What to do if I rented an RV from an end user last year that had defective equipment?

UPDATED: Mar 28, 2013

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What to do if I rented an RV from an end user last year that had defective equipment?

I signed a “formal” rental agreement and maintained all the necessary insurance. While driving home, the driver’s side mirror (including mirror and complete bracket) fell off the vehicle and struck a car directly behind me. The equipment failure was neither a result of operator error nor was caused by any collision. Upon return of equipment the registered owner (lessor) acknowledged the equipment defect and he was aware of the condition prior to the rental (we also have this on record with the insurance company). My insurance company faulted me, the driver, for not having items properly secured. I’m considering pursuing registered owner for damages.

Asked on March 28, 2013 under Accident Law, California


SJZ, Member, New York Bar / FreeAdvice Contributing Attorney

Answered 10 years ago | Contributor

If you rented the RV then you should have a good defense against liability (since you would not be at fault in its maintenance) and would also have a good case against the person who rented it to you for his seemingly knowing failure to correct a dangerous situation--unless, that is, the agreement you signed contained some limitation on the liability of the person who rented to you, or made you responsible for all maintenance or for any damage done to or by the RV, etc. Such contractual limitations on liability or assumptions of liability (i.e. shifting liability or responsibility to you) are generally enforceable. (That said, if the owner did know of the problem but knowingly ignored it, you may be able to get around an liability limitation, since the law limits the ability of people to escape liablity when they know for a fact there is a danger, defect, or risk--bear in mind, however, that since contractual terms are generally enforceable, while you may be able to escape such limitations, it is not a given, and thus winning a lawsuit, in the event there is  such a limitation, is also not something to take for granted.)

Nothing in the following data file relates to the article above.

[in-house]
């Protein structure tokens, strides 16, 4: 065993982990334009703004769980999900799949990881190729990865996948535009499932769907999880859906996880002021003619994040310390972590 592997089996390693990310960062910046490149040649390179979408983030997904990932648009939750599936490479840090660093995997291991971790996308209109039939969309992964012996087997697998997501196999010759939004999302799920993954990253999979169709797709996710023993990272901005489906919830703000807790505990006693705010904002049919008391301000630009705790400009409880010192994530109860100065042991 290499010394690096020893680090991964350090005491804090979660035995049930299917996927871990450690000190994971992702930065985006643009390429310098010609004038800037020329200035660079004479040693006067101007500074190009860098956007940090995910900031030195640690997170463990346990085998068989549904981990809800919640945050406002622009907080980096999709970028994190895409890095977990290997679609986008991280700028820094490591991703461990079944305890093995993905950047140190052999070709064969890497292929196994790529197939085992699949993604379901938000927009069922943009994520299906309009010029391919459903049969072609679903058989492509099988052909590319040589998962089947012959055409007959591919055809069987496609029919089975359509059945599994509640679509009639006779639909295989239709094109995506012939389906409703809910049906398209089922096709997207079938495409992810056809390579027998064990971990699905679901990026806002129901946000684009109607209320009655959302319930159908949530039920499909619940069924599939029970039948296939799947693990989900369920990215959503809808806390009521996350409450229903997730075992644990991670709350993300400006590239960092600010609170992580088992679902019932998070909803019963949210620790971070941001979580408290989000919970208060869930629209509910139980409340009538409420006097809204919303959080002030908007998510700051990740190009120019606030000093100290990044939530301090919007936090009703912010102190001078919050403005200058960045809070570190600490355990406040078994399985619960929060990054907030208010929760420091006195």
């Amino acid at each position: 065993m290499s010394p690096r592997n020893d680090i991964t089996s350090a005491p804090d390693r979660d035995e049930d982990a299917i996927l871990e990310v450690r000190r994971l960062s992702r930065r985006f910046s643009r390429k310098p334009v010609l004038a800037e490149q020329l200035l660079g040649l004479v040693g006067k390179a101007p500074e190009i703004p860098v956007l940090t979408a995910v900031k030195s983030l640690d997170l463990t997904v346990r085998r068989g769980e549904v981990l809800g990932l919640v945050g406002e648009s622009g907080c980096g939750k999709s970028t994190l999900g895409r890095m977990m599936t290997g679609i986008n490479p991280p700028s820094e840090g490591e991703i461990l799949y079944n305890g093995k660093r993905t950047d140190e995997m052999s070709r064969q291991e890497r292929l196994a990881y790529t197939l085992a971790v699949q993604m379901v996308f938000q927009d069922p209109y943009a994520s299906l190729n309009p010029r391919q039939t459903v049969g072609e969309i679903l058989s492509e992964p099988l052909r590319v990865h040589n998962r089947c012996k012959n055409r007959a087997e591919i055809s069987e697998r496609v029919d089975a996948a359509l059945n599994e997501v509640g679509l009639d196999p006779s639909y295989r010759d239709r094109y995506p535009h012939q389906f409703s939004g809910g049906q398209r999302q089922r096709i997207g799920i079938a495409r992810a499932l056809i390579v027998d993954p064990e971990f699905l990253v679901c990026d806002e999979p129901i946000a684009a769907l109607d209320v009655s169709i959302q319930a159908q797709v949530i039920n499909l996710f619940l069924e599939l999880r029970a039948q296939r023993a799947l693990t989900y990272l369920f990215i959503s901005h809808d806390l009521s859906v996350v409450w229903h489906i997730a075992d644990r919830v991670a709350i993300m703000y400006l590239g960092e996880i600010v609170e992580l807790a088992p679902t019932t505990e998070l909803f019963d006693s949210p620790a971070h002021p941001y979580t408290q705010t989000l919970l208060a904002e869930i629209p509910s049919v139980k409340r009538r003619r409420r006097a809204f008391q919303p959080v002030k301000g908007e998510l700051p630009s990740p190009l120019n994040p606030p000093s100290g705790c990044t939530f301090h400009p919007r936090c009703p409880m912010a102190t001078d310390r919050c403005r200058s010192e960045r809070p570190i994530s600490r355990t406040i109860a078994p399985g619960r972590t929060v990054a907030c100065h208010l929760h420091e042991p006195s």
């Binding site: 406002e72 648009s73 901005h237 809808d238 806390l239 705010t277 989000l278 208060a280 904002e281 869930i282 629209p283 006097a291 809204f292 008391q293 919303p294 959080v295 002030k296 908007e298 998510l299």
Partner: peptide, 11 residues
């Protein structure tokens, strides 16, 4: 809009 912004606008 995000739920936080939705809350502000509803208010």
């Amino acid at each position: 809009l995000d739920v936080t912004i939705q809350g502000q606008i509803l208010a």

Also, bear in mind that if the amount of loss or damage is low--a few hundred dollars, say--it's probably not worth suing unless you were to act as your own attorney, such as in small claims court. You can't recover legal fees when you sue as a general matter, so the cost of a lawyer could exceed what you could recover.

IMPORTANT NOTICE: The Answer(s) provided above are for general information only. The attorney providing the answer was not serving as the attorney for the person submitting the question or in any attorney-client relationship with such person. Laws may vary from state to state, and sometimes change. Tiny variations in the facts, or a fact not set forth in a question, often can change a legal outcome or an attorney's conclusion. Although AttorneyPages.com has verified the attorney was admitted to practice law in at least one jurisdiction, he or she may not be authorized to practice law in the jurisdiction referred to in the question, nor is he or she necessarily experienced in the area of the law involved. Unlike the information in the Answer(s) above, upon which you should NOT rely, for personal advice you can rely upon we suggest you retain an attorney to represent you.

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